Common Snipe

 

Jack Snipe

We decided to make our way back to the centre and on the way check the hides which look across to the northern reed bed, where 2 Eurasian Bittern had been seen the previous day. No sign but as we approached the centre, a fellow birder told us one was showing in the inlet alongside Headley hide (not visible from south shore) so we passed on our lunch break and headed for Headley arriving to be told that it had retreated into the reeds 10 minutes earlier. Still, we decided to wait and see if it returned and 40 minutes later we were rewarded with excellent views about 20 metres from the hide windows (It was so close that we didn’t dare open any of the closed windows for fear of spooking it).

As we were watching the Bittern, someone shouted ‘Short-Eared Owl’ and the bird flew into the reed-bed and perched on a post, before dropping into the reeds. This is a rare species for central London, being more associated with moorland. This is the third record at Wetland Centre in the past couple of weeks, making us wonder if its the same bird and whether it plans to spend the winter here.

After the Bittern and the Short-Eared Owl had departed into the reeds, we made our way back to the Tower in the hope of catching up with one of the Water Pipits which has been around the reserve in the past few weeks, but although Keith heard a pipit, we never located it and so could not confirm if it was a Water Pipit or a Meadow Pipit.

Speckled Wood

Grey Heron

 

Eurasian Wigeon

 

 

 

 

 

 

 

 

The light was fading and it was time to make our way back to the centre. A great days birding!

 

 

Canada Goose [sp] (Branta canadensis)
Mute Swan (Cygnus olor)
Egyptian Goose (Alopochen aegyptiaca)
Northern Shoveler (Spatula clypeata)
Gadwall [sp] (Mareca strepera)
Eurasian Wigeon (Mareca penelope)
Mallard [sp] (Anas platyrhynchos)
Eurasian Teal (Anas crecca)
Common Pochard (Aythya ferina)
Tufted Duck (Aythya fuligula)
Eurasian Bittern [sp] (Botaurus stellaris)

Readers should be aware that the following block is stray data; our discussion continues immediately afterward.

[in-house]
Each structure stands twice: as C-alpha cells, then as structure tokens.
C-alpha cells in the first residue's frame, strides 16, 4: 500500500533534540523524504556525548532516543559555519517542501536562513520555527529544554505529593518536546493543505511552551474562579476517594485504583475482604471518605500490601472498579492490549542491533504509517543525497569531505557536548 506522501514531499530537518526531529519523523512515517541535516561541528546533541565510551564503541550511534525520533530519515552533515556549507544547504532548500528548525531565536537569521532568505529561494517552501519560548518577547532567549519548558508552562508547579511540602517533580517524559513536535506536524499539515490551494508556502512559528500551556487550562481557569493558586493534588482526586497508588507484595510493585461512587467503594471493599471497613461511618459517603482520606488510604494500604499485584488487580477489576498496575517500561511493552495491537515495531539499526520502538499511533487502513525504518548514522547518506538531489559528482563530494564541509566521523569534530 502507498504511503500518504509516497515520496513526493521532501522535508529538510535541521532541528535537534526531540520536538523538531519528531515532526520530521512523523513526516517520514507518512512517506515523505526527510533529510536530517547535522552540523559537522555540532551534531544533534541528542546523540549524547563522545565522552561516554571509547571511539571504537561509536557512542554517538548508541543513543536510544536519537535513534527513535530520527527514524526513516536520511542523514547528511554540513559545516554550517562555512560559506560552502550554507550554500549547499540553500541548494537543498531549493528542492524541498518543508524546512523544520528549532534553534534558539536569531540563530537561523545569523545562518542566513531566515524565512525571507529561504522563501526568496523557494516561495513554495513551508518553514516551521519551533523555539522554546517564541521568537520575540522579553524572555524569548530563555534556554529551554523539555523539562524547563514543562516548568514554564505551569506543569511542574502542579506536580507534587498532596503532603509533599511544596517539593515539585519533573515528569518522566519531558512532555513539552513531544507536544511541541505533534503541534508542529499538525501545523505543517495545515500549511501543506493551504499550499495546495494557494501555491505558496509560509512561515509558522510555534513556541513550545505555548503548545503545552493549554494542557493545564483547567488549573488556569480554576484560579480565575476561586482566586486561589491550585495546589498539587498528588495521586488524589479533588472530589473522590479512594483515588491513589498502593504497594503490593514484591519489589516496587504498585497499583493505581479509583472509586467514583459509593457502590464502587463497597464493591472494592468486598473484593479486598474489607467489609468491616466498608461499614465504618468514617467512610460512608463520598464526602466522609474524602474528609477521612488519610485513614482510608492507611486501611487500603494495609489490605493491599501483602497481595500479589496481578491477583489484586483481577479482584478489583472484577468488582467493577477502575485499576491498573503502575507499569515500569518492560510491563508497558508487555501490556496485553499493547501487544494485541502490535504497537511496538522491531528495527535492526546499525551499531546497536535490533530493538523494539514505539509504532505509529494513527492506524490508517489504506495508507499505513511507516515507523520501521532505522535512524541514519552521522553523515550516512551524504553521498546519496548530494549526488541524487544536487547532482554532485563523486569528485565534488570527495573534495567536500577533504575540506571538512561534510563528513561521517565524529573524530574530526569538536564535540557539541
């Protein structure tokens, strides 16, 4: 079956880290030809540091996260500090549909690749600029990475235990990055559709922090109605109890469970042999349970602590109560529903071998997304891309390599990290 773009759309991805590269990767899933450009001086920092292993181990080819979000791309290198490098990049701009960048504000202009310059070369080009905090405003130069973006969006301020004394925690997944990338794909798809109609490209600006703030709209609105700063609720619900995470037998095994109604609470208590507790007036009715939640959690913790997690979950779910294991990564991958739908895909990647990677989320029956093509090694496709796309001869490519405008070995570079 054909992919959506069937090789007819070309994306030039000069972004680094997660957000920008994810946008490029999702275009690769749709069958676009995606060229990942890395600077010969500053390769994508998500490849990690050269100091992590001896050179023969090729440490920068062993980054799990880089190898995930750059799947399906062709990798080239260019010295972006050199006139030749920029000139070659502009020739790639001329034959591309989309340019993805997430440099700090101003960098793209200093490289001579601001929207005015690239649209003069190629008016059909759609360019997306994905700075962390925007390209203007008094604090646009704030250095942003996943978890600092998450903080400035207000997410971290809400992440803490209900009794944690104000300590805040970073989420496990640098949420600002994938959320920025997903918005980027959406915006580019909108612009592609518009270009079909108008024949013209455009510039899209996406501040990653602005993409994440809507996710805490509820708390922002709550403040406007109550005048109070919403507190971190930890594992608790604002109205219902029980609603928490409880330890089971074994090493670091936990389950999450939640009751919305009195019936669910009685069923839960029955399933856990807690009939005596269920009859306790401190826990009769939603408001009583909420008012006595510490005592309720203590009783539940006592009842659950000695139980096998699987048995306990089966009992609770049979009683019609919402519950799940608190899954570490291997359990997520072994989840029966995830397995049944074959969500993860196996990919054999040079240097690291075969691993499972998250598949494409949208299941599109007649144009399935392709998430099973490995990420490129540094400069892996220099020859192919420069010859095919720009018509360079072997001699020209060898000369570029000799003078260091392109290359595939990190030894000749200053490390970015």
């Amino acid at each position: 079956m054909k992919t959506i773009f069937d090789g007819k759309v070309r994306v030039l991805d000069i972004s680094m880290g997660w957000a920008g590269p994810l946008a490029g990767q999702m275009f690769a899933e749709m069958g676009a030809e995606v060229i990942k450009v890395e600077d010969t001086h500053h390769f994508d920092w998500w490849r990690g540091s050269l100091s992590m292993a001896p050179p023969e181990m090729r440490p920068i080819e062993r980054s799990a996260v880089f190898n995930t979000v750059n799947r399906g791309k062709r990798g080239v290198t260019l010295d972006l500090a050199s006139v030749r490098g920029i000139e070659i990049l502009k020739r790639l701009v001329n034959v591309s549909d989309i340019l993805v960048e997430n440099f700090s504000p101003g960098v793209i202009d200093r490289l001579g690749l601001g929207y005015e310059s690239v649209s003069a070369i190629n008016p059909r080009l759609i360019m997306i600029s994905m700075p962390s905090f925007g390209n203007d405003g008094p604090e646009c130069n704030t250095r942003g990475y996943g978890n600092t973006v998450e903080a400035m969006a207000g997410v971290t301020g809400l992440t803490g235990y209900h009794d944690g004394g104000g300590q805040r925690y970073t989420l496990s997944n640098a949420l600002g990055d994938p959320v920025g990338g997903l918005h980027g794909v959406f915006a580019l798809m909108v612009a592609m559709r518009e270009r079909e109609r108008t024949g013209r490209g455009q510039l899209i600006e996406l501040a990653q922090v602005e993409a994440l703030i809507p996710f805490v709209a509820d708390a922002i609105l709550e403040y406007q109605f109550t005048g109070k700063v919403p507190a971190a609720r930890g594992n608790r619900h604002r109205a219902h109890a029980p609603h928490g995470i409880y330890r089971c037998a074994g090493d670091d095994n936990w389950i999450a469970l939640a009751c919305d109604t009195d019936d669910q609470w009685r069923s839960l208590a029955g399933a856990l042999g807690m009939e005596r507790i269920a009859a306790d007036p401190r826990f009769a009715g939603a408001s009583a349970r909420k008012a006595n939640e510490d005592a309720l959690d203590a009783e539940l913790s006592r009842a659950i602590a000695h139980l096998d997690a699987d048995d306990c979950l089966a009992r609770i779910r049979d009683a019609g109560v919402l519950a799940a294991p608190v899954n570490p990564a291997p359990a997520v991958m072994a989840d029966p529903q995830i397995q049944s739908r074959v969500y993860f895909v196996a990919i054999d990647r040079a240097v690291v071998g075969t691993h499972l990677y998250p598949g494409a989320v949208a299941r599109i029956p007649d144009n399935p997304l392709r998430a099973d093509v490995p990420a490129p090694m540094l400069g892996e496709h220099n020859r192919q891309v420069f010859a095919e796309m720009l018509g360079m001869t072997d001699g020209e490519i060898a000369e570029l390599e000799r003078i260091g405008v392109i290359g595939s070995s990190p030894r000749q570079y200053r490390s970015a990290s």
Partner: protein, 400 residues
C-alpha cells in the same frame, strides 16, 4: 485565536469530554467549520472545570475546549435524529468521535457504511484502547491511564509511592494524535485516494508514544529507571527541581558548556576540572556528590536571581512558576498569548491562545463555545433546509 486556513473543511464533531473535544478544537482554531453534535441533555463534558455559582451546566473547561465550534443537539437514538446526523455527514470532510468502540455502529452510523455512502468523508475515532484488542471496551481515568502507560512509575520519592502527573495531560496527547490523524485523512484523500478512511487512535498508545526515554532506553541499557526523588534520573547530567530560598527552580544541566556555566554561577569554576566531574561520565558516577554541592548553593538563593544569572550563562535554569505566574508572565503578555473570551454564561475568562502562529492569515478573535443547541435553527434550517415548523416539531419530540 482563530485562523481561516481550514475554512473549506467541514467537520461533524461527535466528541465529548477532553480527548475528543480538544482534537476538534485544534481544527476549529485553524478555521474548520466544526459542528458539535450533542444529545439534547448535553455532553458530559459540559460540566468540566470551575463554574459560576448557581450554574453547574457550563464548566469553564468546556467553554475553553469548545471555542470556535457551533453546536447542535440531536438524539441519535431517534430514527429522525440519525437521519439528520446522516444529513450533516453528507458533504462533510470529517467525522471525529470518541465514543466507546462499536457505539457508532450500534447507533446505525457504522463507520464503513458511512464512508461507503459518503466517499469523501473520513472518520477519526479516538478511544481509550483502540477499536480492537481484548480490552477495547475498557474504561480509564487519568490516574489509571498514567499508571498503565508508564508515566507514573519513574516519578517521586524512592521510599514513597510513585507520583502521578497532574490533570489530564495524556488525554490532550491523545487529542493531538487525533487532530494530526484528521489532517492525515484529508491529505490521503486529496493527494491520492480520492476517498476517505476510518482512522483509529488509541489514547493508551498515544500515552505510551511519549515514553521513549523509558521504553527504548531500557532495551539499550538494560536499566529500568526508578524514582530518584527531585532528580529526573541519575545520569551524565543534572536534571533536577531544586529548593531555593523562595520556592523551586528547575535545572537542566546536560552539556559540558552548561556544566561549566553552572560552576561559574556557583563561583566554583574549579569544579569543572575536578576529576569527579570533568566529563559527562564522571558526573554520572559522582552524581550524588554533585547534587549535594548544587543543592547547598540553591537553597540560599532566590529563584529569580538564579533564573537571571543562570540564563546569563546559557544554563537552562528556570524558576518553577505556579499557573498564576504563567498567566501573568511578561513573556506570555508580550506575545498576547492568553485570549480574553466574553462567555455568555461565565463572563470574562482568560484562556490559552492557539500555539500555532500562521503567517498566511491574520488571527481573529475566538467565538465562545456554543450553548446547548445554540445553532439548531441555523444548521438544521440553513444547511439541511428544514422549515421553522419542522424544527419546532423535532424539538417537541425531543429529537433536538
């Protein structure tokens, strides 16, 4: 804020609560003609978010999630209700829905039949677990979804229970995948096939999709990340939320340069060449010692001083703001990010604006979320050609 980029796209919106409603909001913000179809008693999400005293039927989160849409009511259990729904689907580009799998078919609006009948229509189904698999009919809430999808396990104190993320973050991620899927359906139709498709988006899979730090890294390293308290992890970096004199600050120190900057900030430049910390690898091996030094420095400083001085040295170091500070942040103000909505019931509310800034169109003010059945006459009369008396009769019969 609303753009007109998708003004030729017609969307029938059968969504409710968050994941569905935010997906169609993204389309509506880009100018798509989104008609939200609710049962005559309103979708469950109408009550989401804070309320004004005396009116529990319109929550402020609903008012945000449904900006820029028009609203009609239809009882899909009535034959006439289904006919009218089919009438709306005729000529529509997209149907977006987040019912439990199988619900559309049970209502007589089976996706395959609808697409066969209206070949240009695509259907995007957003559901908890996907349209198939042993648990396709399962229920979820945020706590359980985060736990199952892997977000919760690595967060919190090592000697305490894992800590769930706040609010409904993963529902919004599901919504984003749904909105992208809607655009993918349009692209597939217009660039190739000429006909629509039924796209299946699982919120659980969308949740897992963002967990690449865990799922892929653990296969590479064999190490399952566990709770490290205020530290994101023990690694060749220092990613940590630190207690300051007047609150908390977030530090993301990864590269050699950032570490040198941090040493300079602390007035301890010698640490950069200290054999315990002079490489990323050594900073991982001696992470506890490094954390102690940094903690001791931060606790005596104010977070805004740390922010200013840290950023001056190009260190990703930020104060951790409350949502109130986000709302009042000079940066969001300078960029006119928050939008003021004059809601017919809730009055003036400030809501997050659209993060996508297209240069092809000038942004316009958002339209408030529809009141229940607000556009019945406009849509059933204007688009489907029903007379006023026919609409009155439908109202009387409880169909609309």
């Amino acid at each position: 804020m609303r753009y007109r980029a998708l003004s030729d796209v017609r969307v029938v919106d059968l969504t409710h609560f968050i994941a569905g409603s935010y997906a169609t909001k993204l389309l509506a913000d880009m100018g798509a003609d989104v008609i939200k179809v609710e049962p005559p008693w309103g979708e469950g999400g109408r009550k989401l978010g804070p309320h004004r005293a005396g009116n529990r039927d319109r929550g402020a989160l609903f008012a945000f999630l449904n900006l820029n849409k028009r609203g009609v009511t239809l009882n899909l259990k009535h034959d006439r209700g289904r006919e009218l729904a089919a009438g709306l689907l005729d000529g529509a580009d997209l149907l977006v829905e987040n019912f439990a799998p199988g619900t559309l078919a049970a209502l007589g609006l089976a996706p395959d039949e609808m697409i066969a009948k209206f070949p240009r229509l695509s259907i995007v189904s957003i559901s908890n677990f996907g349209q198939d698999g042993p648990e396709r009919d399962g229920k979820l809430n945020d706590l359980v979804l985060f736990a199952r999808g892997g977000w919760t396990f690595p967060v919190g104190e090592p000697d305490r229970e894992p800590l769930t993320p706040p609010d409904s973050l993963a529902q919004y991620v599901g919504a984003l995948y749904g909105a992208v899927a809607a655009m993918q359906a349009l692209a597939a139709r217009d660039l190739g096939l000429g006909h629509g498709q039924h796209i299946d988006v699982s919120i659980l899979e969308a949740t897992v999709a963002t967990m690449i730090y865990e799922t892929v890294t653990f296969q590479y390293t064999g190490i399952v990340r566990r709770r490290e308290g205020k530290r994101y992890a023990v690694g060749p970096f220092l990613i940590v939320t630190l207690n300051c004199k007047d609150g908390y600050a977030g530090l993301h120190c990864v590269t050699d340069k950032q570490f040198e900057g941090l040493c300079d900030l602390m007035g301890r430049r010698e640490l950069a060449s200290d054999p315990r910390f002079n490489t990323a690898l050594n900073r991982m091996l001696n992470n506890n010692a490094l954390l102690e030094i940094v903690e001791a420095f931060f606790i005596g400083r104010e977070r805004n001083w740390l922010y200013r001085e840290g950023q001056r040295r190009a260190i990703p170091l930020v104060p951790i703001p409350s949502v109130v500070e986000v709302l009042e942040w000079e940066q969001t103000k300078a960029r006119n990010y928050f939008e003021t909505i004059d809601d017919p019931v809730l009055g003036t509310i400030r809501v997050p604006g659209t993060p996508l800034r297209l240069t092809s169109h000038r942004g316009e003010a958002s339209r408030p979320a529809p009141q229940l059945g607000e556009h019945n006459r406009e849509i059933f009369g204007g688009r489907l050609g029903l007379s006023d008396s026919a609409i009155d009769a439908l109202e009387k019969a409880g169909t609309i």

Grey Heron [sp] (Ardea cinerea)
Great Cormorant [sp] (Phalacrocorax carbo)
Common Moorhen [sp] (Gallinula chloropus)
Eurasian Coot [sp] (Fulica atra)
Northern Lapwing (Vanellus vanellus)
Jack Snipe (Lymnocryptes minimus)
Common Snipe [sp] (Gallinago gallinago)
Black-headed Gull (Chroicocephalus ridibundus)
Great Black-backed Gull (Larus marinus)
European Herring Gull [sp] (Larus argentatus)
Lesser Black-backed Gull [sp] (Larus fuscus)
Rock Dove (Feral) (Columba livia ‘feral’)
Common Wood Pigeon [sp] (Columba palumbus)
Short-eared Owl [sp] (Asio flammeus)
European Green Woodpecker [sp] (Picus viridis)
Rose-ringed Parakeet [sp] (Psittacula krameri)
Eurasian Jay [sp] (Garrulus glandarius)
Eurasian Magpie [sp] (Pica pica)
Western Jackdaw [sp] (Coloeus monedula)
Carrion Crow [sp] (Corvus corone)
Eurasian Blue Tit [sp] (Cyanistes caeruleus)
Great Tit [sp] (Parus major)
Long-tailed Tit [sp] (Aegithalos caudatus)
Eurasian Wren [sp] (Troglodytes troglodytes)
Common Starling [sp] (Sturnus vulgaris)
European Robin [sp] (Erithacus rubecula)
Grey Wagtail [sp] (Motacilla cinerea)
European Greenfinch [sp] (Chloris chloris)

Speckled Wood [sp] (Pararge aegeria)

Common Darter (Sympetrum striolatum)

Ring Ouzels

Posted: November 8, 2018 in Birds, Natural History
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Off to London Wetland Centre with Keith. Would be great if we saw Ring Ouzel. It must be 10 years or so since I last saw one (at LWC)

Ring Ouzels @ Caban Coch-late extra!

https://radnorshirebirds.wordpress.com/2018/11/02/ring-ouzels-caban-coch-late-extra/
— Read on radnorshirebirds.wordpress.com/2018/11/02/ring-ouzels-caban-coch-late-extra/